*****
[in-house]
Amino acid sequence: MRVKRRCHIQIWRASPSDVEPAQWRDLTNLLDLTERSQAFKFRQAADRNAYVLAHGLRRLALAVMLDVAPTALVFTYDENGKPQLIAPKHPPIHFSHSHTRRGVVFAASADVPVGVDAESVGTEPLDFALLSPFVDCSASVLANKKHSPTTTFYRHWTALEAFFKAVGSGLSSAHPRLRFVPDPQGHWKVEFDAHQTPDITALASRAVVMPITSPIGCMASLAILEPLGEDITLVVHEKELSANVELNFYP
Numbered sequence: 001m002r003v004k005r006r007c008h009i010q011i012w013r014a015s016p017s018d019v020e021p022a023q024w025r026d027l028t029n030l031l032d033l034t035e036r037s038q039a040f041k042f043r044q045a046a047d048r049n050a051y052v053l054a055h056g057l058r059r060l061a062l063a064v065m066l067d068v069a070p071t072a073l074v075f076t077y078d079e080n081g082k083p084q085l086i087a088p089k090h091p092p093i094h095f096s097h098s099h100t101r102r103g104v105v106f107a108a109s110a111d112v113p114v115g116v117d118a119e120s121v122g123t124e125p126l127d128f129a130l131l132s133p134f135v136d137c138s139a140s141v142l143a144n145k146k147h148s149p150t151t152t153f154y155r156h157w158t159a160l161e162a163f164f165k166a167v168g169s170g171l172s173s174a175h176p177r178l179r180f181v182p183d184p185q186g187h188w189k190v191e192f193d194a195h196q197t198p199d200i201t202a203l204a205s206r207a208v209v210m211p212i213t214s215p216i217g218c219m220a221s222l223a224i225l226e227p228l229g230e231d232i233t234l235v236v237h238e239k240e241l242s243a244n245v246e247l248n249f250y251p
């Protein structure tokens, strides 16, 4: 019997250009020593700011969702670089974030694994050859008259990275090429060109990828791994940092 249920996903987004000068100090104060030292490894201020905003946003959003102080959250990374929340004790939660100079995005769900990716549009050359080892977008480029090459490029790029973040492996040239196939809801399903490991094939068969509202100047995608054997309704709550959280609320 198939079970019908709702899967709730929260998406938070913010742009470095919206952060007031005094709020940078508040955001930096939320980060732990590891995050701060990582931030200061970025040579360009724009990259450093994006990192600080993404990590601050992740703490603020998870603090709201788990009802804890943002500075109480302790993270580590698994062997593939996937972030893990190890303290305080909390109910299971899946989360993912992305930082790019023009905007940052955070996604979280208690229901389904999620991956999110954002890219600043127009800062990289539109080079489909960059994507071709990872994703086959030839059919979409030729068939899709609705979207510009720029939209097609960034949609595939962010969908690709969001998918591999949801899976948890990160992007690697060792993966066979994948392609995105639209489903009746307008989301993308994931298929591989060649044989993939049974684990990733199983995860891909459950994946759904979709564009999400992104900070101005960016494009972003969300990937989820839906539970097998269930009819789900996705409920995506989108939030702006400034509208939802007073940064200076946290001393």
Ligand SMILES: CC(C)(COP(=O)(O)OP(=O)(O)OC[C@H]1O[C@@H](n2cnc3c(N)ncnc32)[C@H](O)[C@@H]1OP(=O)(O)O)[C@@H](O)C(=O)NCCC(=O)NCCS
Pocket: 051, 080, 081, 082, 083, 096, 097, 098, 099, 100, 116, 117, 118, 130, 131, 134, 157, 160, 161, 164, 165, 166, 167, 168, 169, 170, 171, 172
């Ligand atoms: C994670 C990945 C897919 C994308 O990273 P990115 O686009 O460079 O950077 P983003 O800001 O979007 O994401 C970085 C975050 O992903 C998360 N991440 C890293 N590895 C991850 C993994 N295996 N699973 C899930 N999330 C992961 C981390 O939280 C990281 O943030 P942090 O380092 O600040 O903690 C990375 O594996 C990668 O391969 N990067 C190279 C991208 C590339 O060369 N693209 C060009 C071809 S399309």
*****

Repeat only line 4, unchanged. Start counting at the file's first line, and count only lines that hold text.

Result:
């Protein structure tokens, strides 16, 4: 019997250009020593700011969702670089974030694994050859008259990275090429060109990828791994940092 249920996903987004000068100090104060030292490894201020905003946003959003102080959250990374929340004790939660100079995005769900990716549009050359080892977008480029090459490029790029973040492996040239196939809801399903490991094939068969509202100047995608054997309704709550959280609320 198939079970019908709702899967709730929260998406938070913010742009470095919206952060007031005094709020940078508040955001930096939320980060732990590891995050701060990582931030200061970025040579360009724009990259450093994006990192600080993404990590601050992740703490603020998870603090709201788990009802804890943002500075109480302790993270580590698994062997593939996937972030893990190890303290305080909390109910299971899946989360993912992305930082790019023009905007940052955070996604979280208690229901389904999620991956999110954002890219600043127009800062990289539109080079489909960059994507071709990872994703086959030839059919979409030729068939899709609705979207510009720029939209097609960034949609595939962010969908690709969001998918591999949801899976948890990160992007690697060792993966066979994948392609995105639209489903009746307008989301993308994931298929591989060649044989993939049974684990990733199983995860891909459950994946759904979709564009999400992104900070101005960016494009972003969300990937989820839906539970097998269930009819789900996705409920995506989108939030702006400034509208939802007073940064200076946290001393």